Often I come across people who say things like: “I’m not religious but I’m spiritual,” “I like the philosophy of Hinduism but I don’t know why we have all these rituals,” or “If we can rid our religion of all superstitions and rituals, then it would become relevant.” I must confess that at one point of time, I too had similar thoughts.
I grew up watching my grandmother clean the floor with cow-dung after we finished eating and the banana leaves were discarded. We were taught to clean up thoroughly after a visit to the toilet, but then we’d see the floor being wiped with shit. Only later I realized that it was an age-old practice carried out when people lived in houses with mud floors. The cow-dung acted as a sort of disinfectant. But the cow-dung on the tiled floor of my grandmother’s house looked like anything but a disinfectant. The context of the ritual was forgotten but the practice remained. This is true of many rituals that we find around us.
While the practice might have become irrelevant in some cases, the rituals themselves have a certain beauty in and by themselves. If we can understand their significance, then we will be able to upgrade the practice without letting go of the sentiment. But if we don’t, then we would either blindly follow it or abandon it altogether – in both cases, it is our loss.
An important set of rituals in Hinduism is the sixteen samskaras (loosely translates into “sacraments” or “rituals of preparation”). These are a set of rituals at significant points of time in a person’s life. As you read through this list, consider the value of each ritual and see if you could replace the practice with something more relevant to modern times.
- Vivaha / Marriage – This is considered the most important samskara in the Hindu tradition and is conducted in many ways, depending on the community.
- Garbhadhana / Prayer for children – This is a prayer before conception (typically after menstruation). The wife invites her husband to have sex with her and give her good offspring.
- Pumsavana / Prayer for the fetus – Once the woman finds out that she is pregnant, her husband serves her a special dish, praying for the healthy growth of the baby.
- Simantonnayana / Baby shower – In an advanced stage of pregnancy, relatives and friends of the expectant mother come together to bring her cheer.
- Jatakarma / Celebrating birth – Once the child is born, a ritual is performed to welcome the child to the world. The father whispers a prayer into the ear of the newborn, telling the child to suck the truth as if it were his mother’s milk.
- Namakarana / Giving a name – On the tenth or eleventh day after birth, the relatives and friends come together; during this ceremony the name of the child is formally announced.
- Nishkramana / First outing – In the third or fourth month, the child is first taken outside the home and shown a sunrise or a sunset (or taken to a temple).
- Annaprashana / First meal – In the sixth month, once the teeth begin to develop, the child is given solid food for the first time.
- Karnavedha / Piercing the ear-lobes – In the seventh month, the ear-lobes of the child are pierced accompanied by prayers that ask for the child to hear bliss through her ears.
- Chudakarana / Shaving the head – When the child is a year old, the head is shaved and nails are cut. This rite symbolizes the child’s entry into personal hygiene.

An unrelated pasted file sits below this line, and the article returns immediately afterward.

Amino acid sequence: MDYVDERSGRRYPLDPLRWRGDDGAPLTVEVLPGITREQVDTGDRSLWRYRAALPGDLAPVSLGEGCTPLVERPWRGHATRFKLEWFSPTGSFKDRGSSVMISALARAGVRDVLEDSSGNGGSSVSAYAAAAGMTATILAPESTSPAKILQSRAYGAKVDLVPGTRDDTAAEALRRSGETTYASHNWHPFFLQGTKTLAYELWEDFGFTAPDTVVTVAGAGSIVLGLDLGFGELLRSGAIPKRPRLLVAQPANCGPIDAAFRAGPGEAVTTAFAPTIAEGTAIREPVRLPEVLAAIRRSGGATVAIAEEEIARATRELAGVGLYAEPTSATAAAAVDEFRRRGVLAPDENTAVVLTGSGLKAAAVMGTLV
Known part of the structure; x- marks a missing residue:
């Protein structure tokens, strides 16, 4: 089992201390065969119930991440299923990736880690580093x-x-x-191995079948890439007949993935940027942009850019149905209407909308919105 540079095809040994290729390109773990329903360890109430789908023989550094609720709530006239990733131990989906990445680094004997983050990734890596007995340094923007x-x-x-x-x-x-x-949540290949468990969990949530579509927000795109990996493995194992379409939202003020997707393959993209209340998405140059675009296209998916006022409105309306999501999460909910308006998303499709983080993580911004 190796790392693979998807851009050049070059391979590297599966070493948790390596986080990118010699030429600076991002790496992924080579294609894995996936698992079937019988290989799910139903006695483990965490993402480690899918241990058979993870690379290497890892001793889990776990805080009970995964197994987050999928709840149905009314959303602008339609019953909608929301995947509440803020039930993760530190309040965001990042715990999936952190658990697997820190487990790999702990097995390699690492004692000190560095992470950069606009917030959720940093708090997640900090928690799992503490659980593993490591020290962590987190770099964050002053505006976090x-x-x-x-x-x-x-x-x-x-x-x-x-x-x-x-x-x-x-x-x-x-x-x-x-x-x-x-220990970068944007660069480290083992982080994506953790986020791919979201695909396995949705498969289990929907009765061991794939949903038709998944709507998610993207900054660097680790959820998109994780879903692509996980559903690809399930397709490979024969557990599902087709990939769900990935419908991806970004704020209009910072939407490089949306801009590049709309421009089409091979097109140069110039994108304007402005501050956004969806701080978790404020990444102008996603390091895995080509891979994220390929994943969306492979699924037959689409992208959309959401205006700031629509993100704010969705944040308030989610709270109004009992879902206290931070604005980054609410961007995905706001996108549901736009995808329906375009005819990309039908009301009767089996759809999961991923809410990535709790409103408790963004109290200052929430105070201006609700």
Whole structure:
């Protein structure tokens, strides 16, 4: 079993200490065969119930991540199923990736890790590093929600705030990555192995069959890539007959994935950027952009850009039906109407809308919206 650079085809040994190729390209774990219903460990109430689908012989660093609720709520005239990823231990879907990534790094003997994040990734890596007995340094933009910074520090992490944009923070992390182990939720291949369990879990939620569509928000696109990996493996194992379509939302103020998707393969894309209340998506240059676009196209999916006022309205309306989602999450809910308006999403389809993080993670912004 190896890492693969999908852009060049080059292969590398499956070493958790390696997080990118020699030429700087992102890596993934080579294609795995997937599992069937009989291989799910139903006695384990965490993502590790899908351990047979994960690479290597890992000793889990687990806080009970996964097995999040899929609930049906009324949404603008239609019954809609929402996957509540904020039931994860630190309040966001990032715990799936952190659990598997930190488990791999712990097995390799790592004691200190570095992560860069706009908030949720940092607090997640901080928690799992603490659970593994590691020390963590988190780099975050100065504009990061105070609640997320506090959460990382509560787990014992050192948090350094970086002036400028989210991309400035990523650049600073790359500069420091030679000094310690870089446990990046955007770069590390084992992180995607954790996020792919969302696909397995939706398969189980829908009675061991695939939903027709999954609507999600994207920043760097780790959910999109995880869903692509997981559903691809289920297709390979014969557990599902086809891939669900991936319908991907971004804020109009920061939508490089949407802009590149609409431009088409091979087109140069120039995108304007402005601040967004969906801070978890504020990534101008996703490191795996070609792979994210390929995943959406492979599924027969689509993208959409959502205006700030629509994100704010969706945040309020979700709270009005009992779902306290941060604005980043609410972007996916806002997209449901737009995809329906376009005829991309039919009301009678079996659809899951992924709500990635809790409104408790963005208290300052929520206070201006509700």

- Vidyarambha / Beginning of education – When the child is about five years old, she is introduced to the letters of the alphabet. This might also include prayers to goddess Sarasvati and lord Ganesha.
- Upanayana / Entry into school – When the child was about eight, he would be given a sacred thread to wear and taught the Gayatri mantra. This marked his entry into formal education.
- Vedarambha / Introduction to the Vedas – For those who were allowed to study the Vedas, this rite (typically a yajna conducted along with the guru) marked the student’s entry into Vedic knowledge.
(Note: For those who were not allowed Vedic education, there might have been similar rites to mark the entry of the child into a school.)
- Keshanta and Ritushuddhi / Puberty rites – In the case of boys, shaving their facial hairs and in the case of girls, the celebration of menarche.
- Samavartana / Graduation – After spending about twelve years in the house of the teacher, the student would graduate. A ritual bath marked the completion of his education.
- Antyeshti / Funeral rites – Upon death of the person, the dead body is typically consigned to flames on a wooden pyre. The rituals accompanying the death go on for thirteen days after the death.
The numerous Dharmashastra texts vary greatly with respect to the details of the samskaras as well as which ones are to be performed. Often the practice depends on the customs of the different communities. The outstanding feature of these detailed rites and practices is that our ancients had such reverence towards every significant moment in a person’s life. Human life was seen as a grand celebration and prayers were recited to ensure that there are no obstacles to the celebration.
While today’s world doesn’t offer much time for elaborate rituals, it is definitely worthwhile to consider celebrating the wonderful moments in our lives with our loved ones. And even on a daily basis, one might not have the time or the inclination to engage in elaborate worship or prayers but at least we might consider 10-15 minutes of alone time either for meditation or for reflection or to dip ourselves into some form of art. By doing this, for those brief minutes, we disconnect ourselves from the rush of the mundane world and become one with something more timeless!
This article was first published in Daily O as part of my column Commonsense Karma.